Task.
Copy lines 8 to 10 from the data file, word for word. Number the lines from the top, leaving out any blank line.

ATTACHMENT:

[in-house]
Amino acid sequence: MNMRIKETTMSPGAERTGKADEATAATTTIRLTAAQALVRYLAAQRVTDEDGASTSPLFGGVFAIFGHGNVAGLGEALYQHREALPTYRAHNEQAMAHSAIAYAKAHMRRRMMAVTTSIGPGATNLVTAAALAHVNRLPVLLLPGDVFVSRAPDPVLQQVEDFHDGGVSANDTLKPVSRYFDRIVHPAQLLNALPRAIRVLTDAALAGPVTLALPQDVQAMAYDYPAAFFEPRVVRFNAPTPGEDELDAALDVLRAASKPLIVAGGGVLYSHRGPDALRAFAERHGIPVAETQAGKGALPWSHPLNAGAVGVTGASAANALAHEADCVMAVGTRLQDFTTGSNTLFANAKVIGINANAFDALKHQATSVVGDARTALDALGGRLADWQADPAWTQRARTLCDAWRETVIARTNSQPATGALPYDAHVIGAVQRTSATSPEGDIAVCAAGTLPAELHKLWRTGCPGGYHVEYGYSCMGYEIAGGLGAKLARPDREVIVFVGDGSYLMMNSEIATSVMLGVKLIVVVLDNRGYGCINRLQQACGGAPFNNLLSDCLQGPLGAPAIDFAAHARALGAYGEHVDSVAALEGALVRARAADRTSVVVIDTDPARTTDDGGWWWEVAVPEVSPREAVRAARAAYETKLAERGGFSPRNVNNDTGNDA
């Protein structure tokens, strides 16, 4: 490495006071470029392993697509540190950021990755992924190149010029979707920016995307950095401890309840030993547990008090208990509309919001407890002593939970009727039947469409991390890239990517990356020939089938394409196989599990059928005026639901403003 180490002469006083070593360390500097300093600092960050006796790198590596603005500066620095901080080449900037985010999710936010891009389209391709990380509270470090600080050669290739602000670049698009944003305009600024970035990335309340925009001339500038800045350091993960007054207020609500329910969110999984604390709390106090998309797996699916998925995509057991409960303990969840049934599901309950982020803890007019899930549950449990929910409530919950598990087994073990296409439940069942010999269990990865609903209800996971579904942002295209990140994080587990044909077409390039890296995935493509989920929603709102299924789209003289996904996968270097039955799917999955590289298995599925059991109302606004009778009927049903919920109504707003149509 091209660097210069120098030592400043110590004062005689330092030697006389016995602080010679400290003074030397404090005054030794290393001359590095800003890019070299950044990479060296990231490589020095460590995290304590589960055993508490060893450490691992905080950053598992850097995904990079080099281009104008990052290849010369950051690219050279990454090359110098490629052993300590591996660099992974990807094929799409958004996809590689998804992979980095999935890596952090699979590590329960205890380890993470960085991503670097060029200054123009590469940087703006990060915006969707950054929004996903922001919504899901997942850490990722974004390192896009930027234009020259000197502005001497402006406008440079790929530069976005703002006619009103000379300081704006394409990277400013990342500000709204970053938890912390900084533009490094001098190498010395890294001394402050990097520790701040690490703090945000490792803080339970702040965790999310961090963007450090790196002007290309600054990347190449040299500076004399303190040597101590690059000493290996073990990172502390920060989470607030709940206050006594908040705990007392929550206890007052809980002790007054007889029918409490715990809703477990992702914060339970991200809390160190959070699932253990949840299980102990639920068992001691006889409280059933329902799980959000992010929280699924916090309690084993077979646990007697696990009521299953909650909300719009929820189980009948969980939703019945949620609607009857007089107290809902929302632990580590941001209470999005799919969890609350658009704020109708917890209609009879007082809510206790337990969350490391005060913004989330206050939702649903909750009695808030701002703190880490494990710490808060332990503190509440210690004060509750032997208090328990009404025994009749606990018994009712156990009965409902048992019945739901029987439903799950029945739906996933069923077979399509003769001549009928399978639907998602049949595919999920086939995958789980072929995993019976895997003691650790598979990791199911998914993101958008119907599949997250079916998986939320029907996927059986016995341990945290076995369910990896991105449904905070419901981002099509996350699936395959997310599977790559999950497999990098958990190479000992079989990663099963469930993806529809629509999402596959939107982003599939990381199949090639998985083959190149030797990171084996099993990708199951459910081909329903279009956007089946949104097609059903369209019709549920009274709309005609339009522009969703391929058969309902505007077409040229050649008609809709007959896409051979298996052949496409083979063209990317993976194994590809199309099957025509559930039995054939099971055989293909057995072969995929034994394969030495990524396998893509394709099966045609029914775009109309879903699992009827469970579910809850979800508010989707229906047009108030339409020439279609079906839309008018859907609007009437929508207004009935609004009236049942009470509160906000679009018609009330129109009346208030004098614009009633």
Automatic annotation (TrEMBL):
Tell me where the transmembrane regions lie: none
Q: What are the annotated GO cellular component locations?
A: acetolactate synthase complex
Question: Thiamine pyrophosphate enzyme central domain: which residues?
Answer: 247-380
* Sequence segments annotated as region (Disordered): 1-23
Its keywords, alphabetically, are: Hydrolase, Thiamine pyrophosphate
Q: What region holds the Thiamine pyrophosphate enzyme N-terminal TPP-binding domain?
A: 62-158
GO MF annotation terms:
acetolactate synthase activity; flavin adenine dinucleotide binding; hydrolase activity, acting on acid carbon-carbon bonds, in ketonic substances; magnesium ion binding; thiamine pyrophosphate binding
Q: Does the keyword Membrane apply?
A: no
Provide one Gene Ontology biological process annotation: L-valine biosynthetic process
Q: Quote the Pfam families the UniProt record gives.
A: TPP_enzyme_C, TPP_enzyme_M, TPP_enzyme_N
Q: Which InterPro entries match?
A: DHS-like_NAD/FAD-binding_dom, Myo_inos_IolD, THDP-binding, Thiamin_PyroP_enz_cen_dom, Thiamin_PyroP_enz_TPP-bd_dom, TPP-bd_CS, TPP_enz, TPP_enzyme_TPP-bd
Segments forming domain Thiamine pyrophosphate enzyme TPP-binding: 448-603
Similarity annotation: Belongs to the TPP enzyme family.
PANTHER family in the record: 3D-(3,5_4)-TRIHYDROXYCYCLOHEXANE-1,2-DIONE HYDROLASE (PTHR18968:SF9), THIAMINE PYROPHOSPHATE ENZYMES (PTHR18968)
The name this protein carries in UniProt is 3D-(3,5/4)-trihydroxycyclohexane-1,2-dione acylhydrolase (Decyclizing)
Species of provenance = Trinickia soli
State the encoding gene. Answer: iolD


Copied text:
Question: Thiamine pyrophosphate enzyme central domain: which residues?
Answer: 247-380
* Sequence segments annotated as region (Disordered): 1-23